First published: 2015/12/07 (6 years ago) Abstract: Image representations, from SIFT and bag of visual words to Convolutional
Neural Networks (CNNs) are a crucial component of almost all computer vision
systems. However, our understanding of them remains limited. In this paper we
study several landmark representations, both shallow and deep, by a number of
complementary visualization techniques. These visualizations are based on the
concept of "natural pre-image", namely a natural-looking image whose
representation has some notable property. We study in particular three such
visualizations: inversion, in which the aim is to reconstruct an image from its
representation, activation maximization, in which we search for patterns that
maximally stimulate a representation component, and caricaturization, in which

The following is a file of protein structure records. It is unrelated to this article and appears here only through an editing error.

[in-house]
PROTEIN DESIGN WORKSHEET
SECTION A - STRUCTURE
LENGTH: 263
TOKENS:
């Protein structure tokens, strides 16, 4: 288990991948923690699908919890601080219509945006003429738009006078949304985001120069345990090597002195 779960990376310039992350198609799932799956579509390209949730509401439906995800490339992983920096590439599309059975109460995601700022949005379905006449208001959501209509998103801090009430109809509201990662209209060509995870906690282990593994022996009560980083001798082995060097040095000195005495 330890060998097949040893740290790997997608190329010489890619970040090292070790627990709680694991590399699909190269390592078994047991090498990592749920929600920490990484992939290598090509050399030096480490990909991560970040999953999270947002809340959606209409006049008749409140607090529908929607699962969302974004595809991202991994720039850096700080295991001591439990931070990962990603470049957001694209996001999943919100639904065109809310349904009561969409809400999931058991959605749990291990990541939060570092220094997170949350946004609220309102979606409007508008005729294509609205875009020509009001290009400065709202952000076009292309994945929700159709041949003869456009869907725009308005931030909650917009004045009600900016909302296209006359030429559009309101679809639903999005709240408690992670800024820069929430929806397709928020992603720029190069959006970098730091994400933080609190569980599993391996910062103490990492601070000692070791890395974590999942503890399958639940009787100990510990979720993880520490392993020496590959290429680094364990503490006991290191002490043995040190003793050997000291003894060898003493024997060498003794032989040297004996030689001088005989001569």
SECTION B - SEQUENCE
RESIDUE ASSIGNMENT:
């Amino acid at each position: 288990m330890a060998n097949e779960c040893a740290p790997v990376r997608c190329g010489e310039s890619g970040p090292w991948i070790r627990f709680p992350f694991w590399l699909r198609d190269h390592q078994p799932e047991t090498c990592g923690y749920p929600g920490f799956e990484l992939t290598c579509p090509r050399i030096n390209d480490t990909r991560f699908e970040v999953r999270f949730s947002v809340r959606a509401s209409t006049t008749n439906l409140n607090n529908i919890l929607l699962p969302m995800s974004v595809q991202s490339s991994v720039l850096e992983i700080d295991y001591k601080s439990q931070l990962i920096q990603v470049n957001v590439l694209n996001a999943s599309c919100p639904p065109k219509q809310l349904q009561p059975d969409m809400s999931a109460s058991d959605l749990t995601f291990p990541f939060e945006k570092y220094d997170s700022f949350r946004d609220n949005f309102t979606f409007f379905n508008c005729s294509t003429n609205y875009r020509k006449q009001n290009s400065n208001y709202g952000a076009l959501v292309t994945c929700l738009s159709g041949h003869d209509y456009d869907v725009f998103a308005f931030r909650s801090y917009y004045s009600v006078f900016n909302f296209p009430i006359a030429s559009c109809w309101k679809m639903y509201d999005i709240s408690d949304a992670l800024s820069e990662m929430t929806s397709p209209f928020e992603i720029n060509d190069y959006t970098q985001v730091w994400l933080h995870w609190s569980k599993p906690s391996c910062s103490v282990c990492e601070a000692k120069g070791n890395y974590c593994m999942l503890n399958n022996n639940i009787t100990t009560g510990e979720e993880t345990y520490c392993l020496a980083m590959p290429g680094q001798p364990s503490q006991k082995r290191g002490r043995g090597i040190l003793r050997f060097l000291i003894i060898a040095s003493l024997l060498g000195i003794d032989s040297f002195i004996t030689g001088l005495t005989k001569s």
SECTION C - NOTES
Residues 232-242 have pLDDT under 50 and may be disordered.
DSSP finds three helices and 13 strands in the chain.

the visual patterns that a representation detects in an image are exaggerated.
We pose these as a regularized energy-minimization framework and demonstrate
its generality and effectiveness. In particular, we show that this method can
invert representations such as HOG more accurately than recent alternatives
while being applicable to CNNs too. Among our findings, we show that several
layers in CNNs retain photographically accurate information about the image,
with different degrees of geometric and photometric invariance.
This paper is about finding naturally looking images for the analysis of machine learning models in computer vision. There are 3 techniques:
* **inversion**: the aim is to reconstruct an image from its representation
* **activation maximization**: search for patterns that maximally stimulate a representation component (deep dream). This does NOT use an initial natural image.
* **caricaturization**: exaggerate the visual patterns that a representation detects in an image
The introduction is nice.
The paper comes with code: [robots.ox.ac.uk/~vgg/research/invrep](http://www.robots.ox.ac.uk/~vgg/research/invrep/index.html) ([GitHub: aravindhm/deep-goggle](https://github.com/aravindhm/deep-goggle))
* 2013, Zeiler & Fergus: [Visualizing and Understanding Convolutional Networks ](http://www.shortscience.org/paper?bibtexKey=journals/corr/ZeilerF13#martinthoma)